Review often-asked questions below for more information on the Teaching Certificate Program
- What kind of time commitment is required?
- When is the best time for me to do the program as a graduate student? As a postdoc?
- If I do not get a chance to teach in my department, can the program help me find another teaching context?
- If graduate students and postdocs in my department do not get a chance to teach their own courses, will this program still be useful for my professional development?
- If I do not plan to stay in the academy after graduation or the completion of my fellowship, is it useful to participate in this program?
- Will I travel through the program in a cohort? Is there opportunity for interdisciplinary discussion?
- How do I choose a faculty mentor? Can my graduate or postdoctoral advisor also be my mentor? Will the Searle Center find a mentor for me if I have trouble securing one?
The program takes a full year to complete. Each quarter during the academic year (fall, winter, spring), participants are required to attend two certificate program seminars, one small discipline-specific group meeting, and one meeting with a faculty mentor.
The program requires serious commitment on the part of its participants. It helps to think of the program as a graduate course that spans a full year, and to plan your time accordingly. See Expectations for more information.
We strongly recommend entering the program after advancing to candidacy, as it can be difficult to meet the program requirements while completing coursework or studying for qualifying exams. However, it is also best to complete the program prior to going into the job market.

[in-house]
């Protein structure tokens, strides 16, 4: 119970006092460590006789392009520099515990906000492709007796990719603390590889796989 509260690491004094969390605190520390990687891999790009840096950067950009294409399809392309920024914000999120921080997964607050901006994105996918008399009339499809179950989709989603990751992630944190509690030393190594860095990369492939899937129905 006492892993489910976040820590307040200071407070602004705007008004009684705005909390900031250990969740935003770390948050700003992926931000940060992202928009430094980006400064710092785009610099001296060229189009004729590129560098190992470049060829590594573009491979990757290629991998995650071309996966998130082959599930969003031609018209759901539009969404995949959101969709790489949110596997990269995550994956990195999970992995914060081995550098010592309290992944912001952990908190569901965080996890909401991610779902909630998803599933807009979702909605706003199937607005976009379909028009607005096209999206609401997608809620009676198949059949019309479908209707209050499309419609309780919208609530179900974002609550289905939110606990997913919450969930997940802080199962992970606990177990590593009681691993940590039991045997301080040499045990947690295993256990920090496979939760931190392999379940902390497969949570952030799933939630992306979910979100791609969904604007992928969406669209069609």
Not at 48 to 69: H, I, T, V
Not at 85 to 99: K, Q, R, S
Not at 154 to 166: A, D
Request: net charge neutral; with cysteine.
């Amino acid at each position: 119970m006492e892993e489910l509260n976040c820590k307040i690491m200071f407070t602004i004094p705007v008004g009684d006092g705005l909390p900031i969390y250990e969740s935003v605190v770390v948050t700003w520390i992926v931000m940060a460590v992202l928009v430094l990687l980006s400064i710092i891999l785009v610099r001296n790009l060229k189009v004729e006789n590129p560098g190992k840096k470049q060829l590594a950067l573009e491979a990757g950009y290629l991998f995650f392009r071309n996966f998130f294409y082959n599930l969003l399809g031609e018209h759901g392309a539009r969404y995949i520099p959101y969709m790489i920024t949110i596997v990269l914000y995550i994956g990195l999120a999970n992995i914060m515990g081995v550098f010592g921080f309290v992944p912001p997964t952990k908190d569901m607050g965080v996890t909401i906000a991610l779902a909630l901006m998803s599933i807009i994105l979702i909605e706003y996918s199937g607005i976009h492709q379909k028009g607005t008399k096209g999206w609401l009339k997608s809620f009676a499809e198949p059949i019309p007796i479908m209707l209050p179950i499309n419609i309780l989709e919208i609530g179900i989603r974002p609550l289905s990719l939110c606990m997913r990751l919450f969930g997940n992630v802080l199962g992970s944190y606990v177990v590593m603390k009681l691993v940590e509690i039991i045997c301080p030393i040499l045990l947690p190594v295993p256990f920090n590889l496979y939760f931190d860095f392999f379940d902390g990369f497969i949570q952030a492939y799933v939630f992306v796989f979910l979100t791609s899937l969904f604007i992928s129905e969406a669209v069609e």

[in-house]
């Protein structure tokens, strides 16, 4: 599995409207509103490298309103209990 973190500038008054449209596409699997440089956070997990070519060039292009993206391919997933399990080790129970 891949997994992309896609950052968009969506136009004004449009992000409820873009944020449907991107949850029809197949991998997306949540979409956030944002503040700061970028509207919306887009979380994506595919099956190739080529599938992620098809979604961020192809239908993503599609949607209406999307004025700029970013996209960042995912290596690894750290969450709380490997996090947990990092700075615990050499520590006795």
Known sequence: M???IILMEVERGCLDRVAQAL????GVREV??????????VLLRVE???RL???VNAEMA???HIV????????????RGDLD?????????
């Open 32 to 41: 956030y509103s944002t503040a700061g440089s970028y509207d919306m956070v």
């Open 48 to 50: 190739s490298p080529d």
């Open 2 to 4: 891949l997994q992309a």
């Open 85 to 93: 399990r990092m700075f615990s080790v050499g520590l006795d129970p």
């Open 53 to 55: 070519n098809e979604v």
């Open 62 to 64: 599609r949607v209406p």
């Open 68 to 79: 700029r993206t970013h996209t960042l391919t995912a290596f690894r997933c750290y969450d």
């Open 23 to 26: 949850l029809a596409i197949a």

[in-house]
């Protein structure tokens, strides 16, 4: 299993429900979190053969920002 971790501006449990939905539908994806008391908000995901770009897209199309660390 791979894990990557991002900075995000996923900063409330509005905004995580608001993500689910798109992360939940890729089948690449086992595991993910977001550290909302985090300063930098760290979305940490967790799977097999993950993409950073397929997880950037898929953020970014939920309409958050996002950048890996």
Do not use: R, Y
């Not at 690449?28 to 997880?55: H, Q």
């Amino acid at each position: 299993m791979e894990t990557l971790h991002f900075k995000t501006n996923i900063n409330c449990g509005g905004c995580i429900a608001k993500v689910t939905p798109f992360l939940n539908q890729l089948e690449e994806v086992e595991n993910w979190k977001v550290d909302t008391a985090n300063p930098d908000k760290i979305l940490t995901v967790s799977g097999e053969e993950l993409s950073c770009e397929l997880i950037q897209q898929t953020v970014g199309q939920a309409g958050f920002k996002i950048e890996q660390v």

The program is designed to provide professional development that prepares you to teach. We realize that everyone has a number of commitments as a graduate student or a postdoc, and as a result, not everyone is able to complete the program at the same time. Before deciding, make an honest assessment of your other commitments.
Unfortunately, we cannot help everyone in the program find a teaching context. However, we can offer advice about where and how to seek teaching opportunities. Past participants have taught courses at Northwestern through the School of Continuing Studies or at other colleges or universities in the Chicago area (provided they secure approval from their advisors and the Graduate School).
Participants who are unable to design and teach their own courses often find valuable alternative teaching contexts: team-teaching a course with another student or professor, delivering a series of guest lectures for another course, or other extensive teaching opportunities on campus or within the Evanston community. We are open to your ideas and will do our best to assist you in your search for a meaningful teaching context.
Yes. One of the major requirements of the Teaching Certificate Program is to complete a course design project for which you create a syllabus, assessments, and lesson plans. If you are unable to teach a course, these materials will still become an integral part of your teaching portfolio and will demonstrate to future employers that you have experience designing a course and creating lesson plans.
This program is ideal for graduate students and post docs who intend to apply for academic jobs. However, the skills you will develop in this program - including communicating core disciplinary concepts, understanding how people learn, and discussing interdisciplinary challenges - apply to a broad range of professional contexts.
The program allows for discussions within and between disciplines over the course of the year. The seminars and workshops provide excellent opportunities for cross-discipline discussions, whereas the small-group discussions led by a Graduate Teaching Mentor (a past program participant) provide disciplinary small-group interactions.
Your faculty mentor should be someone you know – in either your department or a related field – who is open to discussions about teaching and is considered a good teacher. For the program, you will be required to meet at least once a quarter to discuss your course design project and teaching issues. Ideally, you will observe each other in the classroom. You will want to choose someone who will be available for these quarterly meetings and who is open to talking with you about teaching. See Mentoring for more information.